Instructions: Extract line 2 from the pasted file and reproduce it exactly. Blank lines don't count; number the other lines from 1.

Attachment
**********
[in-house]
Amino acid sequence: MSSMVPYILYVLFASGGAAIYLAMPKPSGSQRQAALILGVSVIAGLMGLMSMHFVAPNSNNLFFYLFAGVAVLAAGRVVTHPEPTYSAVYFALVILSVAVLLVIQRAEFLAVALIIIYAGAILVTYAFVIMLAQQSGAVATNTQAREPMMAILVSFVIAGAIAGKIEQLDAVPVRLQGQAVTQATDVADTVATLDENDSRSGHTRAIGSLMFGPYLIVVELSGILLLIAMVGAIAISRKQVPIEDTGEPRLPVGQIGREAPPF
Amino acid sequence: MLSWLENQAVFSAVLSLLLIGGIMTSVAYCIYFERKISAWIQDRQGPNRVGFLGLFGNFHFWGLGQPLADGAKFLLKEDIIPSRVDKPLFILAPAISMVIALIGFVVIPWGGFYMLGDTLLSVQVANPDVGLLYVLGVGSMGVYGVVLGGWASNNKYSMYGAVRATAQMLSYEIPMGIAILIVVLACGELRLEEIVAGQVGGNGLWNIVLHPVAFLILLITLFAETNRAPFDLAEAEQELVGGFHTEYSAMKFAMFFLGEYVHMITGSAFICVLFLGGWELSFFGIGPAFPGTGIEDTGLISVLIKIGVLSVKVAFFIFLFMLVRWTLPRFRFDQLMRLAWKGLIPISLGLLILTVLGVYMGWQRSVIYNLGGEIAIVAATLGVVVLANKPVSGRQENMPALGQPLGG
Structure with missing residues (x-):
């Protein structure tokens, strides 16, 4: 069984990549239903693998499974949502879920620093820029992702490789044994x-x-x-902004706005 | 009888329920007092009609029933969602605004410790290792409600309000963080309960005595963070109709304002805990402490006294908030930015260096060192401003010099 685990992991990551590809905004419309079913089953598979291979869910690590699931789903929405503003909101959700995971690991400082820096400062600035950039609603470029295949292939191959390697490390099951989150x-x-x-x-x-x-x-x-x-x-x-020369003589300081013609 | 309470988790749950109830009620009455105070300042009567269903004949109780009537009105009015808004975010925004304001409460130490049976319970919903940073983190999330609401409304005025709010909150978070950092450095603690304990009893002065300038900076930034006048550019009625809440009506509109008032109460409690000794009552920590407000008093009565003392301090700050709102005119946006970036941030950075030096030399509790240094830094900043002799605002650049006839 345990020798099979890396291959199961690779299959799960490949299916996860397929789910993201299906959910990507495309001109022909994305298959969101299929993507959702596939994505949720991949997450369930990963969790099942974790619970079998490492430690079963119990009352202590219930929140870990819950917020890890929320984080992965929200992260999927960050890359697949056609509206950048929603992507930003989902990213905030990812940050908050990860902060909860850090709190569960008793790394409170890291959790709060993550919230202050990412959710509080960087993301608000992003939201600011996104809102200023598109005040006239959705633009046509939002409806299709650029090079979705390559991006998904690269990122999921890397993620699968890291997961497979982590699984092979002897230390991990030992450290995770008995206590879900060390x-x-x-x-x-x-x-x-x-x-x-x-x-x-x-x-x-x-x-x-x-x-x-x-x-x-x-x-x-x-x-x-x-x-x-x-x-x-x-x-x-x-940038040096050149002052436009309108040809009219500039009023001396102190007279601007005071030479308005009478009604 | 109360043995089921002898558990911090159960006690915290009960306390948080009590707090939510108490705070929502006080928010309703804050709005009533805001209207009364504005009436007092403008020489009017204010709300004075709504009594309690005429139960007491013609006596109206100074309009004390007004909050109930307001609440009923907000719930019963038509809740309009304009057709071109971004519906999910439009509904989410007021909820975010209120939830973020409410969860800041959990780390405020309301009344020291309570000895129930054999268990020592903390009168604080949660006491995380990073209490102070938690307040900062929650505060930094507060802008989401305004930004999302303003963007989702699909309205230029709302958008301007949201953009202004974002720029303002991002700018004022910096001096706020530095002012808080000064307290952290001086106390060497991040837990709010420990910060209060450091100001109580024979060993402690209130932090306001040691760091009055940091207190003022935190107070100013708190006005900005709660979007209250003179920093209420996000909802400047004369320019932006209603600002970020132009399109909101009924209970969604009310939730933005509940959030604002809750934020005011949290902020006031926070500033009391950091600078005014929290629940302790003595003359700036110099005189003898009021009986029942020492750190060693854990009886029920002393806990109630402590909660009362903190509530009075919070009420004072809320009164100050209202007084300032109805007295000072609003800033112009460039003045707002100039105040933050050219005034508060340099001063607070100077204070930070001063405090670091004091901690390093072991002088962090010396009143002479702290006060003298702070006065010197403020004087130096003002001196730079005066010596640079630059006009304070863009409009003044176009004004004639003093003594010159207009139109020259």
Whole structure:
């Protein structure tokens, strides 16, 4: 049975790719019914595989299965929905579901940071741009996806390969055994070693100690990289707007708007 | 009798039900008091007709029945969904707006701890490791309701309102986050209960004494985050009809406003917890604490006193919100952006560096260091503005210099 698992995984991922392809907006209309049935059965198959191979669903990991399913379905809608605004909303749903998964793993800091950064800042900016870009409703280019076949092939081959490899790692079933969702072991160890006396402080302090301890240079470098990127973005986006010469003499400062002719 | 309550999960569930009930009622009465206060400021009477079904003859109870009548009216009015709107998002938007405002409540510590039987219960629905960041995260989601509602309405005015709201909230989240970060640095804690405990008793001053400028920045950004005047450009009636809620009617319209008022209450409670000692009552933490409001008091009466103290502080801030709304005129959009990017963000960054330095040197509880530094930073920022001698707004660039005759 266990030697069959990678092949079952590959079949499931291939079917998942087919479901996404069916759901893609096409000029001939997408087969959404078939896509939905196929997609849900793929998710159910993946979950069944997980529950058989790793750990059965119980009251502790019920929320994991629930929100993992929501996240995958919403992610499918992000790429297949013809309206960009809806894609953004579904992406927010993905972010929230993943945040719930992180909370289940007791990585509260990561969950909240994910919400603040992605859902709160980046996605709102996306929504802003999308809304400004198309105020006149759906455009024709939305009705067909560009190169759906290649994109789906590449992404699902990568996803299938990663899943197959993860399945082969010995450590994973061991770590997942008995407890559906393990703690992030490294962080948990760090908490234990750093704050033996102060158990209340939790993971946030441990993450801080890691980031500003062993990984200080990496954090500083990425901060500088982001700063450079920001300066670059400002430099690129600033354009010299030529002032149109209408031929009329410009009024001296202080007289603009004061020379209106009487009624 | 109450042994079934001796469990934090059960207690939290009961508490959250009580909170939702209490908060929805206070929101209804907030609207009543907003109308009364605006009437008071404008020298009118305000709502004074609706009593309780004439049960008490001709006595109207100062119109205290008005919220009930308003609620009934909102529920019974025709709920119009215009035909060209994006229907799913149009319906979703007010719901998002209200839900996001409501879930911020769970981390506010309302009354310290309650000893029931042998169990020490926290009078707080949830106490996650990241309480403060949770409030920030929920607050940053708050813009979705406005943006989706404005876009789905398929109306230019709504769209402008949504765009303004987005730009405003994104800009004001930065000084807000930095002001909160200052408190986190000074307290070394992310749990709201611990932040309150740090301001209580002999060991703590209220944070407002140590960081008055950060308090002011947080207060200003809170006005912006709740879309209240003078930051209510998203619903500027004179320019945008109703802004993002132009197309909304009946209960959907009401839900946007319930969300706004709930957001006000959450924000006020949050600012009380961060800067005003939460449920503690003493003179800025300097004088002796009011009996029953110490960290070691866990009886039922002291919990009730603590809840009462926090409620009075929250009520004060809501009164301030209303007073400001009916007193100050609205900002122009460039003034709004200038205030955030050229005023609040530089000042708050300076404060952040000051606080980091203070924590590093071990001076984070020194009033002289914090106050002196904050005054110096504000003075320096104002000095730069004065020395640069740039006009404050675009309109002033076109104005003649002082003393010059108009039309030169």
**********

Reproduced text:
Amino acid sequence: MSSMVPYILYVLFASGGAAIYLAMPKPSGSQRQAALILGVSVIAGLMGLMSMHFVAPNSNNLFFYLFAGVAVLAAGRVVTHPEPTYSAVYFALVILSVAVLLVIQRAEFLAVALIIIYAGAILVTYAFVIMLAQQSGAVATNTQAREPMMAILVSFVIAGAIAGKIEQLDAVPVRLQGQAVTQATDVADTVATLDENDSRSGHTRAIGSLMFGPYLIVVELSGILLLIAMVGAIAISRKQVPIEDTGEPRLPVGQIGREAPPF